Can we talk about Facebook for a moment? Do you think it’s Lucifer’s own handiwork or do you embrace it with open arms? I have a friend who doesn’t go near it or Twitter because she doesn’t want to have her identity accessible or stolen or to have to read inane tweets like “Ima in the shops innit” and the like! Personally, I find Facebook invaluable for keeping up with my large and far flung family, though ironically, not my brother who is social media averse and prefers to communicate by rather more conventional means, such as the telephone. Facebook has allowed me to connect (awful, awful word, only marginally better than ‘reach out’…) with aunts, uncles, distant and not so distant cousins, nieces and nephews and watch as they grow up, get married, have children and continue that wonderful circle that is life. I have been able to stay in touch with friends who have moved away, colleagues who have moved on and teachers and parents from prep school, long after our children have moved on to their separate senior schools. You know, the sort of people with whom it was once so easy to loose touch. I cheer along as milestones are reached, champion business endeavours and comment on birthday, wedding and holiday pictures. I have found and been found by old school friends, discovered by one of my mother’s best friends from our Kenya days and stumbled upon family members that I would never have known otherwise. It is important not to post personal details like the year of birth, to remove geo tagging from home photos and to keep an eye on the privacy settings but in general, Facebook really works for me.
When I started this blog, I set up a Facebook ‘Page’ for it (you have ‘liked’ it, haven’t you?) and have been overwhelmed at the support. Posts have been shared, photos commented on and best of all, recipes have been made and photos posted on the timeline. Last week, my niece who lives in Toronto, messaged me (on Facebook!) to say that she had a couple of days in London and wondered if we could meet up. It turns out that we last saw each other about 25 years ago, when she and her brother were just young ‘uns. I took them strawberry picking at Garson’s Farm in Esher and we made strawberry ice-cream when we got back. She is as sweet and gorgeous now as she was then and it was an absolute delight to spend time with her and her lovely friend. She says that she doesn’t cook very much but has made my Couscous Stuffed Red Peppers and sent me a photo. Now, of course, none of this would have happened without Facebook…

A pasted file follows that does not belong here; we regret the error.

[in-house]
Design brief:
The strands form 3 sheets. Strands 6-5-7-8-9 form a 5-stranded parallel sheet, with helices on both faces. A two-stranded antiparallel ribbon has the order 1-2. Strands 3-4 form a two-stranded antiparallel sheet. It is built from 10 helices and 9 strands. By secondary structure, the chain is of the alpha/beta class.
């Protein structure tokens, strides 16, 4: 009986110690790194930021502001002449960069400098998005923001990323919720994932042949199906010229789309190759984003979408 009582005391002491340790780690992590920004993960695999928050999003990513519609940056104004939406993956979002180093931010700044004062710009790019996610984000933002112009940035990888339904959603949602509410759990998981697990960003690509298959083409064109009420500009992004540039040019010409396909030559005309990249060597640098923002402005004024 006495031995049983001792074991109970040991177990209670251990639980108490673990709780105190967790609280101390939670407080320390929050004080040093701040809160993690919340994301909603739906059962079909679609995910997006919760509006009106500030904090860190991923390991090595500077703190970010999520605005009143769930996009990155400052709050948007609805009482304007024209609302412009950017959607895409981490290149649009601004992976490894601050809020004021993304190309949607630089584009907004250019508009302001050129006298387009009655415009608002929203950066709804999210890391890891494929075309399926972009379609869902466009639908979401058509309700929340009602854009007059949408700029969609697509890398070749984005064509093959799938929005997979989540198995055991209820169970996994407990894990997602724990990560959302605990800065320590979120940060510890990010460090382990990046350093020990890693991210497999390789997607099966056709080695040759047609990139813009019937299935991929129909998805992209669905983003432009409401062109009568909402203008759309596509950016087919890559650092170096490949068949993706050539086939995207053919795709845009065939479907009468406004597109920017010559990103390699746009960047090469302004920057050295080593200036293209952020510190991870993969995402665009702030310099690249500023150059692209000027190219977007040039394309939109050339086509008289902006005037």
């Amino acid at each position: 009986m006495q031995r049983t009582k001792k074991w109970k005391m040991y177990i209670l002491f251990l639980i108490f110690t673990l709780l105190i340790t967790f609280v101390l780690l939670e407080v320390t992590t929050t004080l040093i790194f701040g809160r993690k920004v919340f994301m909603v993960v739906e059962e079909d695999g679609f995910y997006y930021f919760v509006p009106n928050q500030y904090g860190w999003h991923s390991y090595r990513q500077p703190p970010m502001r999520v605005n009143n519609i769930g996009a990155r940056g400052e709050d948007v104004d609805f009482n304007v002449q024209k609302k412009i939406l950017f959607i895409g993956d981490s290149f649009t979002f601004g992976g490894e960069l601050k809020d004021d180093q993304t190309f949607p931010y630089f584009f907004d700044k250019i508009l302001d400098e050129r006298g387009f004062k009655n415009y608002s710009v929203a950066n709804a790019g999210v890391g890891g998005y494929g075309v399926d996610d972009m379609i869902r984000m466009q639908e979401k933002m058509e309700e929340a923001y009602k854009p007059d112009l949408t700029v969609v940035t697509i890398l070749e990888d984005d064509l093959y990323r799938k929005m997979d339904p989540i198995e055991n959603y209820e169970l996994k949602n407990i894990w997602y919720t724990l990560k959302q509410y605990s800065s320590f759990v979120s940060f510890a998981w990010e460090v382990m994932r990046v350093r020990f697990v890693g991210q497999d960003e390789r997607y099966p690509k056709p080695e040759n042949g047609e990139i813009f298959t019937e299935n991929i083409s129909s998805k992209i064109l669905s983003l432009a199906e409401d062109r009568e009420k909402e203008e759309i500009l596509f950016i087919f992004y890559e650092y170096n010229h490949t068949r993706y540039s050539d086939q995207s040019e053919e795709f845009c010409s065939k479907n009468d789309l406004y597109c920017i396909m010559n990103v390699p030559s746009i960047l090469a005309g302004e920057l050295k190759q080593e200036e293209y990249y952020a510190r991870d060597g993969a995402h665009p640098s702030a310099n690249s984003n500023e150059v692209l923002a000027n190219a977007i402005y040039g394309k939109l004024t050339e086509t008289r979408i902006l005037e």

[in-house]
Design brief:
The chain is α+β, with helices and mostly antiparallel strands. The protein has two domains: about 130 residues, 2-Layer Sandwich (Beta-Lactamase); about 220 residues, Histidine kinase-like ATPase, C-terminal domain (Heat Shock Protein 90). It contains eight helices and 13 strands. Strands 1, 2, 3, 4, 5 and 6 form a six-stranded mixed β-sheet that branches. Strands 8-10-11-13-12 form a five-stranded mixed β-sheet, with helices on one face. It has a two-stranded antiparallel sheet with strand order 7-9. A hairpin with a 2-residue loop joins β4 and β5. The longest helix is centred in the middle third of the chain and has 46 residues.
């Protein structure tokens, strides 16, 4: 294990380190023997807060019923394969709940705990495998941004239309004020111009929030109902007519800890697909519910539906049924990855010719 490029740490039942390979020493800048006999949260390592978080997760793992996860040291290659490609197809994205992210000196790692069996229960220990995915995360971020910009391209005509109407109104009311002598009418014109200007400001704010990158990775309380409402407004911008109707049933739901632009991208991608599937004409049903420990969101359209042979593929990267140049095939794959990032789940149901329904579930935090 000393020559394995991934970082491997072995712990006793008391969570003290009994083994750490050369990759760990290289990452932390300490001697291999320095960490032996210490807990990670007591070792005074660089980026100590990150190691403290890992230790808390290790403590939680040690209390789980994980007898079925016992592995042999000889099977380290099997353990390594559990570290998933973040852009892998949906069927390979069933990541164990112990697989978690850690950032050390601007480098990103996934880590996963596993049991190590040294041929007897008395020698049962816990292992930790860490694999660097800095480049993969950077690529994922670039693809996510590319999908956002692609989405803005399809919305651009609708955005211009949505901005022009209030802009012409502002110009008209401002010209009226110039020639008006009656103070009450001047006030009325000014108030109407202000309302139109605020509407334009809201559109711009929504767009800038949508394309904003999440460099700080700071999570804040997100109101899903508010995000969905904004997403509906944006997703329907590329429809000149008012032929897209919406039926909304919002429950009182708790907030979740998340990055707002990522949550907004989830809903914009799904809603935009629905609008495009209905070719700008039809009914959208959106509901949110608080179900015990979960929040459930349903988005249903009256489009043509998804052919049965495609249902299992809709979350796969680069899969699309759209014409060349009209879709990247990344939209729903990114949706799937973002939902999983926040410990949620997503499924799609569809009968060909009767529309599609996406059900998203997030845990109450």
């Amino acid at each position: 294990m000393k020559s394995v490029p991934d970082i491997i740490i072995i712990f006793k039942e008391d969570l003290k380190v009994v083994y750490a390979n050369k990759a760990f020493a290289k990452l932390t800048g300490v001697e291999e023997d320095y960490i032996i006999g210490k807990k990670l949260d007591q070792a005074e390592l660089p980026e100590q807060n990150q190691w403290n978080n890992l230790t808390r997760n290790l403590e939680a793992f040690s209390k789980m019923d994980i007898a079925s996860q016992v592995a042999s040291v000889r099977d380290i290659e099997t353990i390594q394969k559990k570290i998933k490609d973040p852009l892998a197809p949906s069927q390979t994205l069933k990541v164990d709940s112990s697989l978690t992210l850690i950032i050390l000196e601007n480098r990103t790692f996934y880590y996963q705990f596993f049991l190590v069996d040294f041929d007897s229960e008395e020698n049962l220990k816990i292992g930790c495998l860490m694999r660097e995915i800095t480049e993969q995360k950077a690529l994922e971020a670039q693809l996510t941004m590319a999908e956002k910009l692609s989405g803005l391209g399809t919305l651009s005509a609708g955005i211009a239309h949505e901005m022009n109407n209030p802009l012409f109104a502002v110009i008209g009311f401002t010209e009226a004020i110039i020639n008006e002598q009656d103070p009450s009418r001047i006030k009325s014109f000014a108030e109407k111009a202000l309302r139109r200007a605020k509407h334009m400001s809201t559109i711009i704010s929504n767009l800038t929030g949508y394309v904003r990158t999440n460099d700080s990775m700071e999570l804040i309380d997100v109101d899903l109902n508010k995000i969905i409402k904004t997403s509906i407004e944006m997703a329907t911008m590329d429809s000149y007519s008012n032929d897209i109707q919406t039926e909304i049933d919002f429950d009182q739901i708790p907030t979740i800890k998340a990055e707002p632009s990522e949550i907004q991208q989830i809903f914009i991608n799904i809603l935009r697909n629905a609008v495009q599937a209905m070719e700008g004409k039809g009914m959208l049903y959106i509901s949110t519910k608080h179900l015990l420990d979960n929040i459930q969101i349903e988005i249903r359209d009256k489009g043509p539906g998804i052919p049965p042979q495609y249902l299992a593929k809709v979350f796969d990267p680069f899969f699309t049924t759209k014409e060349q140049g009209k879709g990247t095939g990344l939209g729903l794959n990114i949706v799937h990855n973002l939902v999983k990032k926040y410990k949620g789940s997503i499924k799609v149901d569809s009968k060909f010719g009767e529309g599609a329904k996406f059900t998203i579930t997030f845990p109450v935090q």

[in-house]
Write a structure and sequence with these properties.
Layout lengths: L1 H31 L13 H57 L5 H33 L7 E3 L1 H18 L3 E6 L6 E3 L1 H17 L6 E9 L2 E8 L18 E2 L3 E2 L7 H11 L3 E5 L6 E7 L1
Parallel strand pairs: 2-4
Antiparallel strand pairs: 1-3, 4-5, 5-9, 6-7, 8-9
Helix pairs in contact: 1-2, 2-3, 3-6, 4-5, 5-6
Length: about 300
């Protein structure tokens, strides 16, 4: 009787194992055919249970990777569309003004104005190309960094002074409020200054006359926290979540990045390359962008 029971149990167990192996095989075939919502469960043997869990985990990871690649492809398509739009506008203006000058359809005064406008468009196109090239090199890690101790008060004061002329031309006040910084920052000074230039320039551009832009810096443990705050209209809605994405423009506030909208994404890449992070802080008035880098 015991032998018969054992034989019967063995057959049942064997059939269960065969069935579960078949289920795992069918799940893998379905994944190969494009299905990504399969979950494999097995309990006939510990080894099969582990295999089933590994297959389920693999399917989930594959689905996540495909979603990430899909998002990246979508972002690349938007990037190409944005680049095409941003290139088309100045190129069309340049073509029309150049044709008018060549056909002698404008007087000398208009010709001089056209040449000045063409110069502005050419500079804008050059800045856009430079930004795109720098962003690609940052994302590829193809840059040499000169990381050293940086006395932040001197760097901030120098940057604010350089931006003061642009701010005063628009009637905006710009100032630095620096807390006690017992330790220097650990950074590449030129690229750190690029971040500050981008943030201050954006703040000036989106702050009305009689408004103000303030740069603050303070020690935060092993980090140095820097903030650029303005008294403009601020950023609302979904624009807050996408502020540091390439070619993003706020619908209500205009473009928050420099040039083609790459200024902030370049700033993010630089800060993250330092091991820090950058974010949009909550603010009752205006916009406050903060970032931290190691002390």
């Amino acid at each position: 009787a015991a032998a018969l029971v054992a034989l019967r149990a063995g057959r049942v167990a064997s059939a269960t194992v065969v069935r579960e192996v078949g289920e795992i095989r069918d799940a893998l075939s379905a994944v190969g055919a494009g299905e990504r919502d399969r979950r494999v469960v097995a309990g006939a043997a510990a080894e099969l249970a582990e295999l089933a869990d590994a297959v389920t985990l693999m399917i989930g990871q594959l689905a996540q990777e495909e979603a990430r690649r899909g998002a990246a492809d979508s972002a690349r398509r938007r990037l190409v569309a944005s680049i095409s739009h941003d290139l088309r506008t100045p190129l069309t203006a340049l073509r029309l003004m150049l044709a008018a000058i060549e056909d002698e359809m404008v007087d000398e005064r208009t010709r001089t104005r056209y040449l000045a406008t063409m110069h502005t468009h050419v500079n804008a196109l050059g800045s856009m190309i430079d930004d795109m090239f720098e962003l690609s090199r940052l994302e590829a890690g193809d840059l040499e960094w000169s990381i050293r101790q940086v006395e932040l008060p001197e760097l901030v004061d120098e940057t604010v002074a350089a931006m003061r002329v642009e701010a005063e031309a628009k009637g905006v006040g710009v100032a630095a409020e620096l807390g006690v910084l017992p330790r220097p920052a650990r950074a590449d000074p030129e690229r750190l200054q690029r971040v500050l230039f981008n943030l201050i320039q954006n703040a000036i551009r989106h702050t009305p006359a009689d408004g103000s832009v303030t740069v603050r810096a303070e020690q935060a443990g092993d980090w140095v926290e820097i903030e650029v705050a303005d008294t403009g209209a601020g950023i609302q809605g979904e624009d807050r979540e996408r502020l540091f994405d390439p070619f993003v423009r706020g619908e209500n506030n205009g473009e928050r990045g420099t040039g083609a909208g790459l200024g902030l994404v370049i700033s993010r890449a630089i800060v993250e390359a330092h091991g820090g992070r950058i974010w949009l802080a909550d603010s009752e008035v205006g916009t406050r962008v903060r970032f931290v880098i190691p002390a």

I knew I wanted to take her a little treat, something that would be light, easy to carry and easy to eat and I remembered these Iced Lemon Squares. The original recipe compares them to brownies (and called them ‘lemonies’) but I never saw the correlation. It is a slender bake – more of a bar than a cake but is dense with a lot of lemon flavour. I have added ground almonds and tweaked the measurements a little too.
I am taking these over to Angie at The Novice Gardener‘s Fiesta Friday as the party is still going strong and I think that those die-hard revellers may just need a little hit of sugar to keep them going!
Click on the link to be taken to Angie’s blog The Novice Gardener and join the party! Mix and mingle with the the guests – who knows who you might meet! http://thenovicegardener.wordpress.com/2014/04/04/fiesta-friday-10/
If you blog and would like to join the party, here are the guidelines http://thenovicegardener.wordpress.com/fiesta-friday/
Mix the dry ingredients, then beat in the butter which should be really soft. Nuking it for 15 or 20 seconds may help things along and don’t worry if some melts completely. At this stage the batter will be lumpy. Then, in a separate bowl, (and without cleaning the beaters), give the eggs and lemon juice a bit of a whisking. Pour this onto the lumpen flour mix, beat and watch it transform into a smooth, creamy batter. Pour it into the prepared tin, spread it out and bake for 25 minutes. It will be lightly golden rather than deeply tan.